Charlotte Hornets

Charlotte Hornets notes: Kupchak hands off regarding Borrego’s player rotations

Hornets general manager on Kemba Walker’s free-agency

General manager Mitch Kupchak on Kemba Walker saying the chance to win more will factor heavily in his free agency decision.
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General manager Mitch Kupchak on Kemba Walker saying the chance to win more will factor heavily in his free agency decision.

Charlotte Hornets general manager Mitch Kupchak says he hasn’t, and wouldn’t, tell coach James Borrego who to play.

Kupchak hired Borrego off the San Antonio Spurs staff. In Borrego’s first full season as an NBA head coach, he frequently tinkered with his rotation. Kupchak said he’s in constant communication with Borrego, but it’s not his place to dictate playing time to the coach.

“I’m not going to go in and second-guess, and tell him who to play and who not to play,” Kupchak said in a post-season media press conference.

“I don’t meddle, and I don’t think Michael (Jordan, the Hornets owner) meddles, either.”

Borrego finished his first season 39-43, and the Hornets were in playoff contention until the final game. Kuphak said he was happy with the job Borrego did. Borrego said Thursday he’s pleased with how aligned he, Kupchak and Jordan are.

Kupchak oversaw the Los Angeles Lakers’ basketball operation for about 20 years, so he has abundant experience overseeing coaches.

“I’m not in the trenches like (Borrego) is; I don’t deal with players on a day-to-day basis,” Kupchak said. “My job is to hire a coach and let the coach do his job. At some point if the coach is not doing his job, then it is my job to make the decision to get a new coach.”

Stay ready

Kupchak was pleased with how Dwayne Bacon and Devonte Graham embraced the time they spent with the G-League Greensboro Swarm. By the end of the season, second-year player Bacon was a starter and rookie Graham was the backup point guard.

Kupchak said playing with the Swarm helped Bacon and Graham stay in shape when the Hornets weren’t practicing much.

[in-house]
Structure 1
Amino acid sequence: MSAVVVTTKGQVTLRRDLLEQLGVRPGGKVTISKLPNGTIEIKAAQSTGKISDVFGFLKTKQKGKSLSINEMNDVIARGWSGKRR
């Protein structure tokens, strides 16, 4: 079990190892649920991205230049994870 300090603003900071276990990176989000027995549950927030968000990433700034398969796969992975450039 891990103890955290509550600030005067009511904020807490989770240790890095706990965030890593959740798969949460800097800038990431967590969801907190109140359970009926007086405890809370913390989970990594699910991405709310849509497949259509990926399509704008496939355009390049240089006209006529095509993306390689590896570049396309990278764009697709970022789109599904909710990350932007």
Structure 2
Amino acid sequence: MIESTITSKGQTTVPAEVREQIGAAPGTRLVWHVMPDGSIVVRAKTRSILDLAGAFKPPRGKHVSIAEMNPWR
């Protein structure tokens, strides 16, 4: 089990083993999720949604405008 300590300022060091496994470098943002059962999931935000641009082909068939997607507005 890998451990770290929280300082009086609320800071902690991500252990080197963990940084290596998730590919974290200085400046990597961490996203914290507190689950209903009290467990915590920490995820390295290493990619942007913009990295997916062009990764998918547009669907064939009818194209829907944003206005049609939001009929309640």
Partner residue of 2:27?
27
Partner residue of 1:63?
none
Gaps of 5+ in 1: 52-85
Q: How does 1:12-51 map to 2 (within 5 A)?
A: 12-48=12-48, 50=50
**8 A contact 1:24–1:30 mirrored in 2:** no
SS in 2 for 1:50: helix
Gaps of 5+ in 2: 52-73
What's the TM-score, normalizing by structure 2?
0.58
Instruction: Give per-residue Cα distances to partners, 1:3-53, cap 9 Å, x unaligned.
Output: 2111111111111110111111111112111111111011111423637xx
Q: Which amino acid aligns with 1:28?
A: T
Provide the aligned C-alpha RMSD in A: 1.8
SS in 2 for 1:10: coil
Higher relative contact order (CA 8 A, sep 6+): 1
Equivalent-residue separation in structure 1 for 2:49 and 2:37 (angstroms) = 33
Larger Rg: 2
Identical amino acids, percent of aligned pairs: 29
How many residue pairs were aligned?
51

Kupchak said not playing doesn’t give players license to say they aren’t ready when opportunity comes, whether it be because of injury or coaching decisions.

“The last thing I want to hear from somebody who gets an opportunity and doesn’t do well is, ‘I haven’t been playing, so how do you expect me to play well?’” Kupchak said. “This is the NBA; you have to stay ready.”

Player development

Kupchak was asked about the Hornets’ last two lottery picks: Malik Monk, chosen 11th overall in 2017, and rookie Miles Bridges, 12th in 2018 via trade with the Los Angeles Clippers.

Kupchak said Bridges made a big jump the last four games of the season: “I saw a guy locked-in defensively, that didn’t tire, that ran the floor.” Kupchak added that he challenged Bridges to push hard this summer for improvement.

“You can’t sit back and say, ‘I’m a starter in the NBA.’ You may have ended the season as a starter, but that doesn’t mean you’re going to be a starter at the beginning of (next) season. In this league, nothing is a given. It’s earned.”

Kupchak said he liked the strides Monk made in the last three weeks, and called Monk possibly the Hornets’ best athlete.

He said the Hornets have to be patient with Monk because he’s still young (just turned 21 at the end of his second season), but the onus is on him to figure out how to defend bigger guards.

“He’s got to get stronger,” Kupchak said. “Sometimes at 6-2, he’s going to have to guard guys who are 6-4 and 6-5. So being 180 or 175 pounds is not going to get it done.”

Rick Bonnell is a sportswriter/columnist for the Charlotte Observer. He has been in Charlotte since 1988, when the NBA arrived, and has covered the Hornets continuously. A former president of the Pro Basketball Writers Association, Bonnell also writes occasionally on the NFL and college sports.


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